“We were bored, it was cold and rainy, too many kids around to actually clean, and the snacks were nearly gone.  My younger brother asked a question, I don’t recall exactly what it was at this moment, but it got all the adults trading stories.  We children learned a lot that day.  Quite a bit about our history, why we are all here and hopes for the future.”  I folded my weathered hands on my lap and smiled at the youngster asking questions.  At the moment, I honestly couldn’t remember who’s kid she was.  She was a pretty young teen though and the earnest plea in her eyes told me she wouldn’t go back to play until she had heard at least one story.

“They came from entirely different backgrounds, as most star crossed lovers do.  During the “Great Scottish Exodus”.  Scotland’s government had backed the removal of individuals from Scotland in an effort to reduce the population and avoid mass starvation.  Initially the whole process behind the relocation of Scotland’s population was indeed to help the populous.  However the gangs scouring the countryside with bully clubs to forcefully remove family members were not looked upon favorably by the highlanders.  The highlanders were naturally sought out first, as they tended to be the hardiest of the countrymen.  Or at least it was their hardiness which was touted, it was also because of their inherent ability to rouse people to a cause.  Rabble-rouser was a word oft used to describe those first chosen to leave the country.

John Isles had only eyes for his childhood sweet-heart.  Hiring himself out to anyone who would pay for his strong arms and solid back; he picked rocks from fields adding to the stone fences of the crofts and creating new, sheered flocks and flocks of sheep, felled and hauled the few sparse trees left on the land, and he even toted shale for the artisans.  No task too difficult or too lowly, for he was saving to wed the love of his life one Miss Moira Edward. 

Once a month, he would wash his face don a clean shirt and walk the miles to the home of Miss Moira Edward.  All the while whistling a fancy uplifting song to travel by.  He envisioned the smile on her lips as she watched him swagger the last few hundred yards to her stoop.  He could see the laughter in her eyes as he presented her with flowers he had picked along the way.  He could smell the lavender she dabbed behind her ears.  She was shapely in a time when there was little to eat.  Her healthy body quickly turned all food into clear skin and wavy raven hair. Her quick wit and easy laughter endeared her to him.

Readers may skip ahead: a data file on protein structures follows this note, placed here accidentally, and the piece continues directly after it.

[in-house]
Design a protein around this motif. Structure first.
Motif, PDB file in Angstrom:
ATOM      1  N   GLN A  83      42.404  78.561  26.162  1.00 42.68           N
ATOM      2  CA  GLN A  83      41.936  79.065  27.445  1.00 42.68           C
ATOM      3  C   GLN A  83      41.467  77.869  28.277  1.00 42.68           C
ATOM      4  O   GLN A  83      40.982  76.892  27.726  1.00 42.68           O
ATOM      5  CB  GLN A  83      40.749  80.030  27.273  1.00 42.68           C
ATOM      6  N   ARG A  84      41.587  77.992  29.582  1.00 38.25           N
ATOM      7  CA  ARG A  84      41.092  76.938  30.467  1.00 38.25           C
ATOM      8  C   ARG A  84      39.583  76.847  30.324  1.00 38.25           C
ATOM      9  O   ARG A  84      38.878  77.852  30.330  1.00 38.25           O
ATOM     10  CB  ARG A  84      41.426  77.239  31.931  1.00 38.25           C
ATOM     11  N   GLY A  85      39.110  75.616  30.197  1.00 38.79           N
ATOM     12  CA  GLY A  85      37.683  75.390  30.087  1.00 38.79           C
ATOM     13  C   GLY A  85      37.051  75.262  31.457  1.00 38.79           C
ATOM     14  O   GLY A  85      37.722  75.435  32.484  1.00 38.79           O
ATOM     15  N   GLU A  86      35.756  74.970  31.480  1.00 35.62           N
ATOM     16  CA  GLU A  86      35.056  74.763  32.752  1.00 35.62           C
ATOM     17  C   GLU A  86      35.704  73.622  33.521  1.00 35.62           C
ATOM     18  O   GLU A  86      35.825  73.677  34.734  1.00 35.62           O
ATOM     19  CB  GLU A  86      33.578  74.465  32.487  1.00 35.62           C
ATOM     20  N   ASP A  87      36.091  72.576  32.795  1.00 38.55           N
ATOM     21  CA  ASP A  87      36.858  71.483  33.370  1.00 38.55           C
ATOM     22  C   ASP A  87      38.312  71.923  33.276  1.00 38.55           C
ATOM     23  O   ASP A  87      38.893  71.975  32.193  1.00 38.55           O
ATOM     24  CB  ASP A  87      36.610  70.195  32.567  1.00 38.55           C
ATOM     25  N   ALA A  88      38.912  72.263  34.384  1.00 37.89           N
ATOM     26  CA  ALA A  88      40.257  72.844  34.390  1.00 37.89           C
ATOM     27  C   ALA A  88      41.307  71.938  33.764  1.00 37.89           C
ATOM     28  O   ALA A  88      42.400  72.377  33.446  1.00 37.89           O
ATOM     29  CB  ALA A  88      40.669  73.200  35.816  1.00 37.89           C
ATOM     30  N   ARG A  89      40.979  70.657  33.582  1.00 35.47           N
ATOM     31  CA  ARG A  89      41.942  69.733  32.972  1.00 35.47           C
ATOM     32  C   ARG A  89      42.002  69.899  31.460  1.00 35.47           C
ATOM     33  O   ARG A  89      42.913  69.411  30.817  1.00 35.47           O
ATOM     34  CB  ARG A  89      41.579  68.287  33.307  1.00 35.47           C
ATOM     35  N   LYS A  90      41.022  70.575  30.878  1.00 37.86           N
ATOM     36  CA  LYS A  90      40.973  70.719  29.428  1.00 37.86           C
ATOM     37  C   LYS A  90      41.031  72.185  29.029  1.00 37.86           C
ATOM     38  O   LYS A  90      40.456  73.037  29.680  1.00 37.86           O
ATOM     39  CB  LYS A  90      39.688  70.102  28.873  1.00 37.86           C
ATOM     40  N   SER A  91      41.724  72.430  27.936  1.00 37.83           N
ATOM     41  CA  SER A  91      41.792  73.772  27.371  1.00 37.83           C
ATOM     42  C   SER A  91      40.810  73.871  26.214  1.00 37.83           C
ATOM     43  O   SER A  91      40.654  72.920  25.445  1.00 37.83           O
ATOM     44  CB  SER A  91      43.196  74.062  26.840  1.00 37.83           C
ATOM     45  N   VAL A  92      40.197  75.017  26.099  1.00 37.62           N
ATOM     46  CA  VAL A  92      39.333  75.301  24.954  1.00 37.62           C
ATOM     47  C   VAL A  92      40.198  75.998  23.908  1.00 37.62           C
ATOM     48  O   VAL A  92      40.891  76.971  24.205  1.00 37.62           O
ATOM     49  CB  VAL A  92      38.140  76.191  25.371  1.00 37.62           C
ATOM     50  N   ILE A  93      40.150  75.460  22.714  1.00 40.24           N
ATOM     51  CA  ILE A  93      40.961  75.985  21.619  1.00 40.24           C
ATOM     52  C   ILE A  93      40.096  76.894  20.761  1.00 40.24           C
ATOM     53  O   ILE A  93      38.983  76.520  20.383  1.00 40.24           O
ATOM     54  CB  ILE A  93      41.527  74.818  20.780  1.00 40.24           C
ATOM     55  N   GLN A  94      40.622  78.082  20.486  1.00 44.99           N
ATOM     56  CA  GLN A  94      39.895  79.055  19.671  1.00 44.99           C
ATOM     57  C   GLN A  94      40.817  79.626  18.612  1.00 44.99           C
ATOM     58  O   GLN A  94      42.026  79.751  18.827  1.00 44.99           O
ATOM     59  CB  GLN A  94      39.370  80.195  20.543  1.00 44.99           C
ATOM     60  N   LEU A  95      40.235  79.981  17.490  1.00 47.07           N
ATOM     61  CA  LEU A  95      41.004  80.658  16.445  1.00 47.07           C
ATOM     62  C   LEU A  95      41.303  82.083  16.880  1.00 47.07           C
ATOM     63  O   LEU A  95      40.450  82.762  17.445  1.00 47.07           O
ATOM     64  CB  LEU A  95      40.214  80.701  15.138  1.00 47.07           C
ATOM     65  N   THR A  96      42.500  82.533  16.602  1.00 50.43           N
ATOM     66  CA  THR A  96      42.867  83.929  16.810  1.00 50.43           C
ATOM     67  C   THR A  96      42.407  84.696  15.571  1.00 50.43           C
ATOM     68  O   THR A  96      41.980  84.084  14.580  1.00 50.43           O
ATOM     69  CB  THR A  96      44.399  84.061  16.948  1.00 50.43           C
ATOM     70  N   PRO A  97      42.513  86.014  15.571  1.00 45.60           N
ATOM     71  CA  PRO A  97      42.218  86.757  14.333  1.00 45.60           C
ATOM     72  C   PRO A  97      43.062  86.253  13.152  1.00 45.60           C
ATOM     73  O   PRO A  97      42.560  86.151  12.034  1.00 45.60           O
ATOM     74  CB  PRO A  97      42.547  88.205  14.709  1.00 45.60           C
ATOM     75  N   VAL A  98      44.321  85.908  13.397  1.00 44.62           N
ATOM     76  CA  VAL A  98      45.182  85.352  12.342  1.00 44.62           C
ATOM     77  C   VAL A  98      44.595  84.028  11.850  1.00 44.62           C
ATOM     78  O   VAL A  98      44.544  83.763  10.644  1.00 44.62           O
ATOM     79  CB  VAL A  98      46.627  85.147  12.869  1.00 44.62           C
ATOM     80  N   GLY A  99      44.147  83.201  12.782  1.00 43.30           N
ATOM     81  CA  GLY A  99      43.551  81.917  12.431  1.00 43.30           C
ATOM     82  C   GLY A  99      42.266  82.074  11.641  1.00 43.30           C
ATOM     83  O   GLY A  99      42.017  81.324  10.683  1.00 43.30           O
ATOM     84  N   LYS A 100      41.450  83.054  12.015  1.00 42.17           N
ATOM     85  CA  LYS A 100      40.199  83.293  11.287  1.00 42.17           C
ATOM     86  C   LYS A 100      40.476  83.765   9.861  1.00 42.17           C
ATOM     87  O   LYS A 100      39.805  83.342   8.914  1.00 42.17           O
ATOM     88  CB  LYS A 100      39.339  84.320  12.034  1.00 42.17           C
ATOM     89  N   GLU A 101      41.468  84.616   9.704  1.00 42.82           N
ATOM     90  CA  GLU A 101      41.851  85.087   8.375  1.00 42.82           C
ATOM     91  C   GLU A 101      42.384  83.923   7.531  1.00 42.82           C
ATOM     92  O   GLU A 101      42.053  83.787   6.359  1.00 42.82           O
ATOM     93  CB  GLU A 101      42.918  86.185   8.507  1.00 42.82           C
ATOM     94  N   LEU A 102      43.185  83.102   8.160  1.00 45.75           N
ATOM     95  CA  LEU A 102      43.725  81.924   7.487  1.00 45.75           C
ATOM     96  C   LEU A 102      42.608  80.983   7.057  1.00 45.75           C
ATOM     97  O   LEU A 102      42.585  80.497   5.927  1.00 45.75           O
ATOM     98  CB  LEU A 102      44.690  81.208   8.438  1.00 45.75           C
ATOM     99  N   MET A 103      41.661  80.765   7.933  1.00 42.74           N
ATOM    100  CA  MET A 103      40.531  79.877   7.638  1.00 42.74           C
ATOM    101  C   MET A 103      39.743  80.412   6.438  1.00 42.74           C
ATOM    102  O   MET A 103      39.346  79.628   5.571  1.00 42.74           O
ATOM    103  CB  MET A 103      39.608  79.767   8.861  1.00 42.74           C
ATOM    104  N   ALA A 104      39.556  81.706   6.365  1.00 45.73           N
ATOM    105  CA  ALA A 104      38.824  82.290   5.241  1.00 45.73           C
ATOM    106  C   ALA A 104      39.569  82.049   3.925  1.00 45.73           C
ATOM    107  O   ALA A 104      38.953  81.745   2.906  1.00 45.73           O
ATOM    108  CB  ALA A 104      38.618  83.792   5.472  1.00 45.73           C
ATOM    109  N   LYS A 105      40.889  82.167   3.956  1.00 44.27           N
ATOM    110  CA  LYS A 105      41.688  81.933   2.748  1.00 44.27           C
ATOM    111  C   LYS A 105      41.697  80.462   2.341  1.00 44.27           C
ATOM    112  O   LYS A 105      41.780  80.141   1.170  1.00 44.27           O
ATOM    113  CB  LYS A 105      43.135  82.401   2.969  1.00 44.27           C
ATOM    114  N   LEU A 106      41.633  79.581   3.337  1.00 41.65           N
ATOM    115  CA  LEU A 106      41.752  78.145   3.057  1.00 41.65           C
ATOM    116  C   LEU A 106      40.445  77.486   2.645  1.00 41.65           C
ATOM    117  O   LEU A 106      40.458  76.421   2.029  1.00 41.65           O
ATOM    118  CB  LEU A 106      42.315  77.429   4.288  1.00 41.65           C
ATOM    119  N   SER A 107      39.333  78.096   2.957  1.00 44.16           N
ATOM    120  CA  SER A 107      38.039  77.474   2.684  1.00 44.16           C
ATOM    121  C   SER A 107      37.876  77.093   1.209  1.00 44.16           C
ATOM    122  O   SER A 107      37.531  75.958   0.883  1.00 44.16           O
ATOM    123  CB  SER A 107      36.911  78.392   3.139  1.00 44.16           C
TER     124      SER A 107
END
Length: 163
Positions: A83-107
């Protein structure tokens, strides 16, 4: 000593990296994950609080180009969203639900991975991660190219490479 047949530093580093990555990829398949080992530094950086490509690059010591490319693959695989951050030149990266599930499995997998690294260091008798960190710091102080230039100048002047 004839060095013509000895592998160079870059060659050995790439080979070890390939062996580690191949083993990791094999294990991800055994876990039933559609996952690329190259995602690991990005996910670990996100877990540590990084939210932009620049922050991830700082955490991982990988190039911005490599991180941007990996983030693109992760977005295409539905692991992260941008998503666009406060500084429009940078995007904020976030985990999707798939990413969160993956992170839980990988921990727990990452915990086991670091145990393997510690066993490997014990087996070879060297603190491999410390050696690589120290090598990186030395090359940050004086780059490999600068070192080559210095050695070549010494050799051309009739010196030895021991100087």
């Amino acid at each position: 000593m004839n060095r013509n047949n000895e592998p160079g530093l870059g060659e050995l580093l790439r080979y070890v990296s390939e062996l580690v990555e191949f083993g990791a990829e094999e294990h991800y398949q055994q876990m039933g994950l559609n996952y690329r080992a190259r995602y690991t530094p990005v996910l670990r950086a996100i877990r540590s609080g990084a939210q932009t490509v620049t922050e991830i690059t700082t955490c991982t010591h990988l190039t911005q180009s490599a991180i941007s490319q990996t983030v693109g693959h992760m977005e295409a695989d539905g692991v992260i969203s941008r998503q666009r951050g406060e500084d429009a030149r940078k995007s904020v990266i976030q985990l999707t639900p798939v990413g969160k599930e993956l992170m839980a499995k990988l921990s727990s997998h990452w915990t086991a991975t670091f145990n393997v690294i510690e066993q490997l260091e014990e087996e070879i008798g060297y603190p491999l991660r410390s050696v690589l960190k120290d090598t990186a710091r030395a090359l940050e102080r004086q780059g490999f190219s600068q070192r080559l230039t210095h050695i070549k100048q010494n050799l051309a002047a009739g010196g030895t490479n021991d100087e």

You can imagine his shock upon learning the gangs men had been to their village impounding personnel into passage to Canada.  Moira was gone.  The small hut they called home was empty.  Remnants of the small morning fire, for brewing what passed for tea, was smoldering on the hearth. Cups were broken, chairs tipped over and the night’s bedding was strewn across the floor.  Moira and her parents had put up a struggle but obviously were overwhelmed.  Falling to his knees, he cried out to the heavens above.  He ran searching every out building.  He ran to the neighbor’s, who knew nothing.  He ran to their secret spot, hoping she had found her way to where she would know he would find her.  Only emptiness greeted him.